While DOMA's timing was suspicious, it had the support of the sitting President and indeed passed. In contrast, the FMA - a Constitutional Amendment - was predicted by all not to pass, and, at least for now, it has failed. Given this contrast, the Democrats do have a point about Congress's need to focus on realistic legislation - not electioneering.

A Precedent: American Family Law Has Dealt with Conflicts Among States Before

The specific issues raised in the battle over same-sex marriage are new. But a broad question that is arising has been raised before in our history.

The question is this: How can we reconcile -- or should we simply tolerate - conflicts among state statutes relating to family law -- an area oft said to be "reserved to the states"?

America confronted this question earlier when it came to grounds for divorce. Throughout the Nineteenth Century, and well into the Twentieth, there were significant variations in divorce laws.

Some states made divorce available on several fault grounds; some, only on grounds of adultery; and at least one, South Carolina, simply did not permit divorce at all.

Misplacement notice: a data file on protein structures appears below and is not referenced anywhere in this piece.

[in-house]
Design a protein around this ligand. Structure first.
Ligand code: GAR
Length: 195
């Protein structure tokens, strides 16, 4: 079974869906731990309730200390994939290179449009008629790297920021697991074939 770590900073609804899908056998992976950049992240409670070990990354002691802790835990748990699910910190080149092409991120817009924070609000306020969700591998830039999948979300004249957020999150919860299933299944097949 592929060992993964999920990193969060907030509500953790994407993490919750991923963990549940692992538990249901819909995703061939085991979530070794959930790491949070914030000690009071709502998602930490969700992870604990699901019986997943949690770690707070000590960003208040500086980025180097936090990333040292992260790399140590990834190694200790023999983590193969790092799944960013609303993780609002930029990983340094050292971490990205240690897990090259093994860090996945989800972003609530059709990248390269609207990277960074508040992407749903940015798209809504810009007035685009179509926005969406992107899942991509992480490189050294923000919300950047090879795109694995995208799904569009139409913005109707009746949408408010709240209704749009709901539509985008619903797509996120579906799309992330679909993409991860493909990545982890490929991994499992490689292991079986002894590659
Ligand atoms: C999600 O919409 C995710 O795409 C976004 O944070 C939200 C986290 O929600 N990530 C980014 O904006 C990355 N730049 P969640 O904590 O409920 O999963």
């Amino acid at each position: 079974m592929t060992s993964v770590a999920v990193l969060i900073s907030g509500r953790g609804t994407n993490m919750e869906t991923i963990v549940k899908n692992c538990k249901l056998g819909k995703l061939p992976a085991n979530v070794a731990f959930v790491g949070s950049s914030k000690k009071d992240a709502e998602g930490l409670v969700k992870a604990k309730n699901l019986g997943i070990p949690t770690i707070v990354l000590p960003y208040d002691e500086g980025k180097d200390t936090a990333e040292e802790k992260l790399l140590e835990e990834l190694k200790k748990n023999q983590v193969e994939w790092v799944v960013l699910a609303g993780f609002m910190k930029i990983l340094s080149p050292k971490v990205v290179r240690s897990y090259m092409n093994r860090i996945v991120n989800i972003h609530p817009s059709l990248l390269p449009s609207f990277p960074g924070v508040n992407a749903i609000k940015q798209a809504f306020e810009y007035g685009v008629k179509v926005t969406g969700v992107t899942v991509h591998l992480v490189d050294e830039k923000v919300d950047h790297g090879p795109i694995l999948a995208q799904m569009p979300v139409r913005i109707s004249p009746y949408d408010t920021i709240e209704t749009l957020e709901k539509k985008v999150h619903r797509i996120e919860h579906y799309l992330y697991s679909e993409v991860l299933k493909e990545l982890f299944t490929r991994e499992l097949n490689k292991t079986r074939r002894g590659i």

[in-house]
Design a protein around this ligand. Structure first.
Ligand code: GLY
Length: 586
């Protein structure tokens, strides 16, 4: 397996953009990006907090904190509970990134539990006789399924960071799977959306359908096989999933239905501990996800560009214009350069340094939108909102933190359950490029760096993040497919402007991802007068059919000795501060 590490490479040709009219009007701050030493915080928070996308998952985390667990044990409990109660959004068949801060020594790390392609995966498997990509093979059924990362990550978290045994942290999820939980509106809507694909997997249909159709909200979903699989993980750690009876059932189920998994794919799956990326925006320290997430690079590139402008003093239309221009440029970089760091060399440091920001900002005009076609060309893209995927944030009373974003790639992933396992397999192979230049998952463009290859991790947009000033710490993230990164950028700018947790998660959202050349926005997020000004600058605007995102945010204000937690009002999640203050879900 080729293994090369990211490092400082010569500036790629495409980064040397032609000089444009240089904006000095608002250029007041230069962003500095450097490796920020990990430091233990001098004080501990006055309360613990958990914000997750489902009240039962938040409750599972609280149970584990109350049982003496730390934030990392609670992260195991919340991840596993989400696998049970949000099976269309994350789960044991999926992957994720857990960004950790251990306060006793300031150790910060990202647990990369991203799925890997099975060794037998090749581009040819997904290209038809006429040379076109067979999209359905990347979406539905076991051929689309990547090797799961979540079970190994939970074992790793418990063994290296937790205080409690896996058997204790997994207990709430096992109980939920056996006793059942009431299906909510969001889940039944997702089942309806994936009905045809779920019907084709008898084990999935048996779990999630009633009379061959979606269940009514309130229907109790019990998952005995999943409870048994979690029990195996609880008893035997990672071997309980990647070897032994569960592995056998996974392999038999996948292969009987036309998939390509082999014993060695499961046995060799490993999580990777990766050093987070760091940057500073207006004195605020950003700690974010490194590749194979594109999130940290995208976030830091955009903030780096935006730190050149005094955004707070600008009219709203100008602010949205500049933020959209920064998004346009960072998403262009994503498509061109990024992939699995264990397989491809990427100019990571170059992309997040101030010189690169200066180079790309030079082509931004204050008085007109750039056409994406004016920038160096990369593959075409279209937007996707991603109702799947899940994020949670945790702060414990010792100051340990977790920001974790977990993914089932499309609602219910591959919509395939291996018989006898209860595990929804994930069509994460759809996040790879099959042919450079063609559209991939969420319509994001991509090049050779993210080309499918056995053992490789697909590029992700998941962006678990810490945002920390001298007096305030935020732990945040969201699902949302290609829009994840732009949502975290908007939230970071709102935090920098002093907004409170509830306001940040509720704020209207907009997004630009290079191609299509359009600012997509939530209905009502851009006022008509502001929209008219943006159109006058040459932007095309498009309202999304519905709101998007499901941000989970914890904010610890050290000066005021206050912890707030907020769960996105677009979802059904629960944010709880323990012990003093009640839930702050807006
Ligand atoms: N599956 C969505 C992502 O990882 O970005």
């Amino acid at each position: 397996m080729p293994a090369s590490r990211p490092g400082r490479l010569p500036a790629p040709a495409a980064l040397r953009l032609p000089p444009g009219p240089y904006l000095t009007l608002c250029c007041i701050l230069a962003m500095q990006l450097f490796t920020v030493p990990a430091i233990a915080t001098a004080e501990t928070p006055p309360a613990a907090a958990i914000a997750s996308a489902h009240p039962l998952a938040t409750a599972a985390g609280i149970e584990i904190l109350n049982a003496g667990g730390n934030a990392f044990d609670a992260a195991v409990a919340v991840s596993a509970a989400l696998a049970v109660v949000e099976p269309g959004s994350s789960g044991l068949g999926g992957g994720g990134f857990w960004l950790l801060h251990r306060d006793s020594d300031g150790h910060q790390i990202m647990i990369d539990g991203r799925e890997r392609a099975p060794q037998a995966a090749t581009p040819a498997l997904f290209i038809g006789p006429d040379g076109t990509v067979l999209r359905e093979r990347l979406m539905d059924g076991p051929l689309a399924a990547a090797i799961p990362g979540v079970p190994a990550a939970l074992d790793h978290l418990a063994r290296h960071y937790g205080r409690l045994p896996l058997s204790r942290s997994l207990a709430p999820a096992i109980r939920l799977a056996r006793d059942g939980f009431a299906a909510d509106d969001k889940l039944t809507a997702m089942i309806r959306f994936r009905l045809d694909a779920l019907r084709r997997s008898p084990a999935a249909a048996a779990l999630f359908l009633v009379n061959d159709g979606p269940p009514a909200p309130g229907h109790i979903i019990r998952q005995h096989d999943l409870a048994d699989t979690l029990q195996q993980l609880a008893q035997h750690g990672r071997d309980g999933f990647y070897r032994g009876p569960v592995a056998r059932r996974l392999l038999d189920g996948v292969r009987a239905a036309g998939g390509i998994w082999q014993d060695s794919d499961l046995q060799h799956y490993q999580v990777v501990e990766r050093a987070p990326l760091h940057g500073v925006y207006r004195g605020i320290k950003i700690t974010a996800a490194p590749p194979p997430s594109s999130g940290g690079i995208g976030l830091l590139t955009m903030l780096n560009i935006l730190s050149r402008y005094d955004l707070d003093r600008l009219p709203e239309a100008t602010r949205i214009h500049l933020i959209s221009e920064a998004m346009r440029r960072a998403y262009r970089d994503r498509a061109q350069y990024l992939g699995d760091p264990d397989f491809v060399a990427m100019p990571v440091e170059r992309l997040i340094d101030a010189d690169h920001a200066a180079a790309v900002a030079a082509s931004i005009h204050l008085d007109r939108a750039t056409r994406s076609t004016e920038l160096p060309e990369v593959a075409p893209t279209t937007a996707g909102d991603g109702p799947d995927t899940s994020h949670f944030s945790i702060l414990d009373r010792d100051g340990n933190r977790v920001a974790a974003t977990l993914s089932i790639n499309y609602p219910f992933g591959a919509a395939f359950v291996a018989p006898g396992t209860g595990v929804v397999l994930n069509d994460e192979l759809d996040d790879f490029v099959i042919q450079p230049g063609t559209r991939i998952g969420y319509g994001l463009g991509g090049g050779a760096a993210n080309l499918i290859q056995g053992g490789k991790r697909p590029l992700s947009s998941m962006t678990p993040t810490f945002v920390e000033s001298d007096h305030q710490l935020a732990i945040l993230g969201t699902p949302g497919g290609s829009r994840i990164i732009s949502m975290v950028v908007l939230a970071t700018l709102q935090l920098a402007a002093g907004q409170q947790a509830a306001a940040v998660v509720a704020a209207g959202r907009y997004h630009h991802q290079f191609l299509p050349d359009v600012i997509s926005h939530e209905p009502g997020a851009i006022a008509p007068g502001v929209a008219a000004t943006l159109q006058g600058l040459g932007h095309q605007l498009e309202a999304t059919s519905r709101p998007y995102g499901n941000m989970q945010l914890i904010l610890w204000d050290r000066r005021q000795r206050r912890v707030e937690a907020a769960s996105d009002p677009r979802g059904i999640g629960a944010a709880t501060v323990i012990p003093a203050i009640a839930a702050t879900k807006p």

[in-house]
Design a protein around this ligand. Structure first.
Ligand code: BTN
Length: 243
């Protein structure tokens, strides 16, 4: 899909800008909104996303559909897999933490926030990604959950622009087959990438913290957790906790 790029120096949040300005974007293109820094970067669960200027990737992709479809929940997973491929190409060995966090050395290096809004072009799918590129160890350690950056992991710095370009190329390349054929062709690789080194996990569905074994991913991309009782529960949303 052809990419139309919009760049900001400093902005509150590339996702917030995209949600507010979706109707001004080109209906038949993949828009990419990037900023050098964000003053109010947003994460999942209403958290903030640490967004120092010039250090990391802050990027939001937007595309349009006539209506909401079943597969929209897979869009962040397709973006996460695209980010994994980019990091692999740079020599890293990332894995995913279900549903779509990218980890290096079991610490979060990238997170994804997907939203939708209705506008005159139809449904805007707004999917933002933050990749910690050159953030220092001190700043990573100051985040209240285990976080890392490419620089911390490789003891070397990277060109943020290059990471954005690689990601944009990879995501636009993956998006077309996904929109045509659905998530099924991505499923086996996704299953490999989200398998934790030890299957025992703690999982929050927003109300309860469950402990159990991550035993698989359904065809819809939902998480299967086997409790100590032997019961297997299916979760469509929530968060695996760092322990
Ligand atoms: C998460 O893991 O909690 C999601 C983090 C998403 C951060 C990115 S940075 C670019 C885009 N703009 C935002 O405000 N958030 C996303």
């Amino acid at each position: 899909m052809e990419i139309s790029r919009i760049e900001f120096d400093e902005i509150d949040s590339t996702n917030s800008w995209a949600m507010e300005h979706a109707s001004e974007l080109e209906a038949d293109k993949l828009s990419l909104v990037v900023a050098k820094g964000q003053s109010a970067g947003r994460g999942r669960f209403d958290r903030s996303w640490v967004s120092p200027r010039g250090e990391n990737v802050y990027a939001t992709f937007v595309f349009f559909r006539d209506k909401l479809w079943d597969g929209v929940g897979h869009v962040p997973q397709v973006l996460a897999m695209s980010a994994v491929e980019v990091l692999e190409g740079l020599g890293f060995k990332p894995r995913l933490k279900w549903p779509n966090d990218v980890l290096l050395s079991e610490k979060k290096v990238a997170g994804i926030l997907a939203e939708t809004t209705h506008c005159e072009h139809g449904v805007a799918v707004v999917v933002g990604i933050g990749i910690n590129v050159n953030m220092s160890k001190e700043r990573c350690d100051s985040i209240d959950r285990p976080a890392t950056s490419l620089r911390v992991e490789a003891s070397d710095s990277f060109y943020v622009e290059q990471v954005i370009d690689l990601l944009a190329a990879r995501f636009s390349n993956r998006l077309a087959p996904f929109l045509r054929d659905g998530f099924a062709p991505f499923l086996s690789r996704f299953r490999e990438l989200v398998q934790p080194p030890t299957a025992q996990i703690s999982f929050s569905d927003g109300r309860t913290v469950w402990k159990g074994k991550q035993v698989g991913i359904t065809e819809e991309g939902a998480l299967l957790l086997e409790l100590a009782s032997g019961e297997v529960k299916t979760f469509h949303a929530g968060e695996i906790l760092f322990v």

In addition, some states required several years of residency as a prerequisite to filing for divorce; others allowed periods of as short as six weeks or even none at all.

Finally, some states permitted remarriage immediately; some permitted it only after a waiting period, and others not at all, at least for the at-fault spouse.

The Lessons of Our Experience With Differing State Divorce Laws

The lack of uniformity among divorce laws raised two sets of concerns.

First, it was procedurally complicated for states to have different standards for divorce -- particularly if a stricter state might refuse recognition to a decree of divorce from a state with more lax standards. A person might have a different marital status, state-by-state, as he or she traveled. Crossing a state line could mean a single person was considered still married - a ridiculous result.

Second, the different standards for divorce irked anti-divorce moralists. Opponents of divorce feared that easier divorce would dilute the tradition of marriage nationwide. They also feared that residents of strict states might evade their own state's laws by obtaining "quickie" -- or otherwise easier -- divorces in more lenient jurisdictions.

The proliferation of lax divorce laws, they argued, would undermine marriage (as they then knew it), society, and, ultimately, civilization.

Sound familiar? President Bush is, of course, sounding this very same theme today when it comes to same-sex marriage - arguing, again, that marriage is "the most fundamental institution of civilization," and that same-sex marriage would raze that institution.

Amendments Federalizing Marriage and Divorce: Oft Tried, Never Successful